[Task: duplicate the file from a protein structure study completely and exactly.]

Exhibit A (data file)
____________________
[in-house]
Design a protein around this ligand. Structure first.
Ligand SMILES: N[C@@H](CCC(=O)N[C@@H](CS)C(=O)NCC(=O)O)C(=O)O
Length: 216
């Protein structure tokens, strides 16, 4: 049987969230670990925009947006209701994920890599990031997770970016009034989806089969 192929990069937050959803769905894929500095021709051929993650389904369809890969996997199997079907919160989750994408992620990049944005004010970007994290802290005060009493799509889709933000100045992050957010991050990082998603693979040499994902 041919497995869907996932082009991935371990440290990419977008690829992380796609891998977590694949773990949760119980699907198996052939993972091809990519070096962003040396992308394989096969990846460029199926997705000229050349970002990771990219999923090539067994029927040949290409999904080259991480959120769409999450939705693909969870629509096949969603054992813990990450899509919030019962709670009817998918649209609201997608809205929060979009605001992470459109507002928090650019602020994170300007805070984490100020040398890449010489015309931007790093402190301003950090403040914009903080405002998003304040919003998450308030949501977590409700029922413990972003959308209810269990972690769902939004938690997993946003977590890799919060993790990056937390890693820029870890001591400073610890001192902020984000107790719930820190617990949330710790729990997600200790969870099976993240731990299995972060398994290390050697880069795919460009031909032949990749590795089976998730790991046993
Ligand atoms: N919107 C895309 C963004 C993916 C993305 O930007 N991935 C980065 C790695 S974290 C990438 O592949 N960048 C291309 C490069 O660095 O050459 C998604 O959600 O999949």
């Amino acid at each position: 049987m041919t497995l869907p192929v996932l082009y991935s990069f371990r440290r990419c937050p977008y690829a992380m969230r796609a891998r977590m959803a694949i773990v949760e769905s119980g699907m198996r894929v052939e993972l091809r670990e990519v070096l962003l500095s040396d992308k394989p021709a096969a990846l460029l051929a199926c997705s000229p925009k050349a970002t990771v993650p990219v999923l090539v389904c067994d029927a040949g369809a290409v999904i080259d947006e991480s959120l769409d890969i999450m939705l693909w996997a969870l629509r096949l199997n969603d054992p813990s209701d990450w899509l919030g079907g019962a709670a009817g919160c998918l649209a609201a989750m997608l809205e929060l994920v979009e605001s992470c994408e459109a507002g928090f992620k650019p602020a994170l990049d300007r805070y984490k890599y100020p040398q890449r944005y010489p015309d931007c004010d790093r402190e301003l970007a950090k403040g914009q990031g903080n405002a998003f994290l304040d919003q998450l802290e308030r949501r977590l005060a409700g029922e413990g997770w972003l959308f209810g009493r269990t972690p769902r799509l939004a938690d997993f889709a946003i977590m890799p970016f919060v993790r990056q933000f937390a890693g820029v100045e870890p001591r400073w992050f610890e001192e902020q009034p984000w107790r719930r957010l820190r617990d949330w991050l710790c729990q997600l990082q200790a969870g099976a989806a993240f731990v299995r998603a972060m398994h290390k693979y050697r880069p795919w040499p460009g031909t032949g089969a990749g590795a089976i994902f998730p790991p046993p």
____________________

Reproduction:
[in-house]
Design a protein around this ligand. Structure first.
Ligand SMILES: N[C@@H](CCC(=O)N[C@@H](CS)C(=O)NCC(=O)O)C(=O)O
Length: 216
């Protein structure tokens, strides 16, 4: 049987969230670990925009947006209701994920890599990031997770970016009034989806089969 192929990069937050959803769905894929500095021709051929993650389904369809890969996997199997079907919160989750994408992620990049944005004010970007994290802290005060009493799509889709933000100045992050957010991050990082998603693979040499994902 041919497995869907996932082009991935371990440290990419977008690829992380796609891998977590694949773990949760119980699907198996052939993972091809990519070096962003040396992308394989096969990846460029199926997705000229050349970002990771990219999923090539067994029927040949290409999904080259991480959120769409999450939705693909969870629509096949969603054992813990990450899509919030019962709670009817998918649209609201997608809205929060979009605001992470459109507002928090650019602020994170300007805070984490100020040398890449010489015309931007790093402190301003950090403040914009903080405002998003304040919003998450308030949501977590409700029922413990972003959308209810269990972690769902939004938690997993946003977590890799919060993790990056937390890693820029870890001591400073610890001192902020984000107790719930820190617990949330710790729990997600200790969870099976993240731990299995972060398994290390050697880069795919460009031909032949990749590795089976998730790991046993
Ligand atoms: N919107 C895309 C963004 C993916 C993305 O930007 N991935 C980065 C790695 S974290 C990438 O592949 N960048 C291309 C490069 O660095 O050459 C998604 O959600 O999949």
């Amino acid at each position: 049987m041919t497995l869907p192929v996932l082009y991935s990069f371990r440290r990419c937050p977008y690829a992380m969230r796609a891998r977590m959803a694949i773990v949760e769905s119980g699907m198996r894929v052939e993972l091809r670990e990519v070096l962003l500095s040396d992308k394989p021709a096969a990846l460029l051929a199926c997705s000229p925009k050349a970002t990771v993650p990219v999923l090539v389904c067994d029927a040949g369809a290409v999904i080259d947006e991480s959120l769409d890969i999450m939705l693909w996997a969870l629509r096949l199997n969603d054992p813990s209701d990450w899509l919030g079907g019962a709670a009817g919160c998918l649209a609201a989750m997608l809205e929060l994920v979009e605001s992470c994408e459109a507002g928090f992620k650019p602020a994170l990049d300007r805070y984490k890599y100020p040398q890449r944005y010489p015309d931007c004010d790093r402190e301003l970007a950090k403040g914009q990031g903080n405002a998003f994290l304040d919003q998450l802290e308030r949501r977590l005060a409700g029922e413990g997770w972003l959308f209810g009493r269990t972690p769902r799509l939004a938690d997993f889709a946003i977590m890799p970016f919060v993790r990056q933000f937390a890693g820029v100045e870890p001591r400073w992050f610890e001192e902020q009034p984000w107790r719930r957010l820190r617990d949330w991050l710790c729990q997600l990082q200790a969870g099976a989806a993240f731990v299995r998603a972060m398994h290390k693979y050697r880069p795919w040499p460009g031909t032949g089969a990749g590795a089976i994902f998730p790991p046993p």